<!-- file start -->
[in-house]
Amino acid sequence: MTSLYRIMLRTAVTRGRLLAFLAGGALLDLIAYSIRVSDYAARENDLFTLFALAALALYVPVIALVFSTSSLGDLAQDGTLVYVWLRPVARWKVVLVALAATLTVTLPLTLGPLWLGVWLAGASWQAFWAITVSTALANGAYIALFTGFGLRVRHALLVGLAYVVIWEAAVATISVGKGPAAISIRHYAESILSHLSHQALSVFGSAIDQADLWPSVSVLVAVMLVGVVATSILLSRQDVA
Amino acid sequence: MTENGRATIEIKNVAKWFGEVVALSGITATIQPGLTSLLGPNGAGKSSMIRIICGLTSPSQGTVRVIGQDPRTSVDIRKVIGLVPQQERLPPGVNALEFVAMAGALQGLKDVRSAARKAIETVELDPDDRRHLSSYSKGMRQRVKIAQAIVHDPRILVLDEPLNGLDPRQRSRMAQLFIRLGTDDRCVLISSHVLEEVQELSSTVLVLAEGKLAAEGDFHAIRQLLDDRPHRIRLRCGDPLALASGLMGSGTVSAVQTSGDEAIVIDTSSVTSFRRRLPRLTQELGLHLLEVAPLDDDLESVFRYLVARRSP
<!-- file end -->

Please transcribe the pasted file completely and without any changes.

[in-house]
Amino acid sequence: MTSLYRIMLRTAVTRGRLLAFLAGGALLDLIAYSIRVSDYAARENDLFTLFALAALALYVPVIALVFSTSSLGDLAQDGTLVYVWLRPVARWKVVLVALAATLTVTLPLTLGPLWLGVWLAGASWQAFWAITVSTALANGAYIALFTGFGLRVRHALLVGLAYVVIWEAAVATISVGKGPAAISIRHYAESILSHLSHQALSVFGSAIDQADLWPSVSVLVAVMLVGVVATSILLSRQDVA
Amino acid sequence: MTENGRATIEIKNVAKWFGEVVALSGITATIQPGLTSLLGPNGAGKSSMIRIICGLTSPSQGTVRVIGQDPRTSVDIRKVIGLVPQQERLPPGVNALEFVAMAGALQGLKDVRSAARKAIETVELDPDDRRHLSSYSKGMRQRVKIAQAIVHDPRILVLDEPLNGLDPRQRSRMAQLFIRLGTDDRCVLISSHVLEEVQELSSTVLVLAEGKLAAEGDFHAIRQLLDDRPHRIRLRCGDPLALASGLMGSGTVSAVQTSGDEAIVIDTSSVTSFRRRLPRLTQELGLHLLEVAPLDDDLESVFRYLVARRSP